Kicking It Old-School With "The Dead Rabbit Drinks Manual"
Both cocktail bars and novels are often a journey for the imagination, ferrying readers and imbibers alike to distant eras and imagined lives using ambiance, lush prose and (of course) liquor. For a blink, you’re nestled into a world that’s far away from your own, allowed to play pretend for as long as the drink or chapter holds out.
Belfast-born barmen Sean Muldoon and Jack McGarry have spent their careers awash in just how appealing this type of velvety, full-sensory drinking experience can be. For Muldoon, the first iteration came when he fell head-over-heels for the gilded age of travel, specifically the hotel cocktail bar’s role in what was — at the time — a refined and extravagant experience. From this, the plush, classic cocktail-driven Merchant Hotel in Belfast was born. When wunderkind (and fellow Belfast boy) Jack McGarry arrived on the scene, the twosome quickly bonded over a shared intensity for building drinks and environs that transport drinkers through both artistry and service.
After ringing the bell for Merchant (which won world’s best cocktail bar in 2010), the pair found themselves skittering across the ocean to New York, where in 2013, they opened The Dead Rabbit Grocery and Grog.
Drawing inspiration from forgotten turn-of-the-century cocktails long buried in dusty attics and a jaunty “Gangs of New York” aesthetic, Dead Rabbit quickly distinguished itself as a place where the best of present-day drink craftsmanship paid homage to the taverns of yore. While a visit to Dead Rabbit is still a singular experience (and step back in time) unto itself, “The Dead Rabbit Drinks Manual” makes one feel as if 19th Century leader of the Dead Rabbit gang John “Old Smoke” Morrissey might just rise from the pages — cobbler in hand.
The book’s robber baron-style typography and appropriately turn-of-the-century knickerbockers feel is familiar in its similarity to the bar’s beloved and ever-rotating menu, retaining the same two-part cocktail, one-part history lesson quality in this larger volume. There’s a gritty, masculine glamour to the book’s design that bolsters the brooding romanticism of both the bar itself and the personal struggles of Muldoon and McGarry to make the space a reality. At the deft hands of their frequent collaborator Ben Schaffer, the book’s tone is convivial and cheeky, as if readers are gathered around a pint listening to the men swapping stories.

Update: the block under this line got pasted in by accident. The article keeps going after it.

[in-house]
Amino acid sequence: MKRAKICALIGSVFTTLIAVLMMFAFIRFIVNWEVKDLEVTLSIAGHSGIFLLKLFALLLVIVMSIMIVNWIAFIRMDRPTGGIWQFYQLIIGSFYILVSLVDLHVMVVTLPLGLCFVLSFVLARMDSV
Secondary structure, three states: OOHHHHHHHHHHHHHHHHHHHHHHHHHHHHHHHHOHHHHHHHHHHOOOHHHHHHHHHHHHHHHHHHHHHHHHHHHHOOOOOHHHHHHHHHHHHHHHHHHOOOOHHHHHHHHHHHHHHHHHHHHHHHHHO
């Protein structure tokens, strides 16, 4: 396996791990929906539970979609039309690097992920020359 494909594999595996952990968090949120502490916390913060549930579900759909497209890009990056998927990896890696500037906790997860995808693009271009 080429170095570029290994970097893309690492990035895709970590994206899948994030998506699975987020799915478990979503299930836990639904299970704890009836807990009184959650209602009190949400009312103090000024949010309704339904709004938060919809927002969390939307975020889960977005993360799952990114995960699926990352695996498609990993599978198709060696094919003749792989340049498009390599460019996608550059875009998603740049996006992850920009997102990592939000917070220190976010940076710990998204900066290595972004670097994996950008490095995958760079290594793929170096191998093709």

McGarry and Muldoon’s commitment to legacy is evident in their drink-by-drink genuflect in front of each obscure cocktail that’s inspired their riff. The duo’s painstaking attention to detail shines in the subsequent blow-by-blow description of the process undertaken for retooling the motivating drink for The Dead Rabbit menu. This kind of nuanced, behind-the-curtain peek at the cocktail-building process adds a layer of intimacy to the book that feels bosomy and rare. There’s the Maiden’s Blush, a 1890s-era sour which has been reimagined as a more absinthe-forward beverage. The Dead Rabbit play on the Red Cup — a low-proof, stalwart drink of Oxford students throughout the 1800s — is freshened with cucumber and soda, but retains the “all-important orchard scent” through the addition of Calvados.
The book is also richly structured in a way that makes readers feel as if they’re steadily building up their knowledge of the antiquated drinking styles on which Dead Rabbit hangs its hat, beginning with the fairly familiar (punches, sours, fizzes) and growing into the likes of absinthe-based cocktails, flips and “invalid” drinks. Instead of rehashing nuggets of cocktail history already tread and retread by drinks scholars, the Dead Rabbit gives history a kiss on the cheek, then proudly peacocks their own potions.
When it comes to recipes, the complex reality of each Dead Rabbit drink is, of course, impossible to ignore. Is the average at-home cocktail maker going to keep eucalyptus tincture or freshly made pineapple cordial on hand? Probably not. (If you do, please invite me over — for a drink, or forever.) The cocktails feel appropriately aspirational, though, and the upcoming holiday season would be an ideal time to take a toe-dip in the waters with some of the book’s assuredly merrymaking punches or bishops.
Chalking up the origin story of Dead Rabbit as simply being a tale of Belfast boys-made-good glosses over the book’s larger lessons about the patience and doggedness of its creators. Sure, there are some unnecessarily staid, “Behind the Music”-style dramatic pauses sprinkled throughout, and a few of the more modern photos included are somewhat jarring. But the book is a testament to how the right kind of partnership can allow for the development of something wholly novel that wouldn’t have been possible without the push-and-pull of the individuals.
There’s something storybook-like about a trip to Dead Rabbit, as if one has tumbled into a place-out-of-time homage to the scrappy, liquor-fueled romance between Ireland and New York — past, present and future. Magically, a chronicling of how to recreate the bar’s finest libations only serves to enhance the mythology.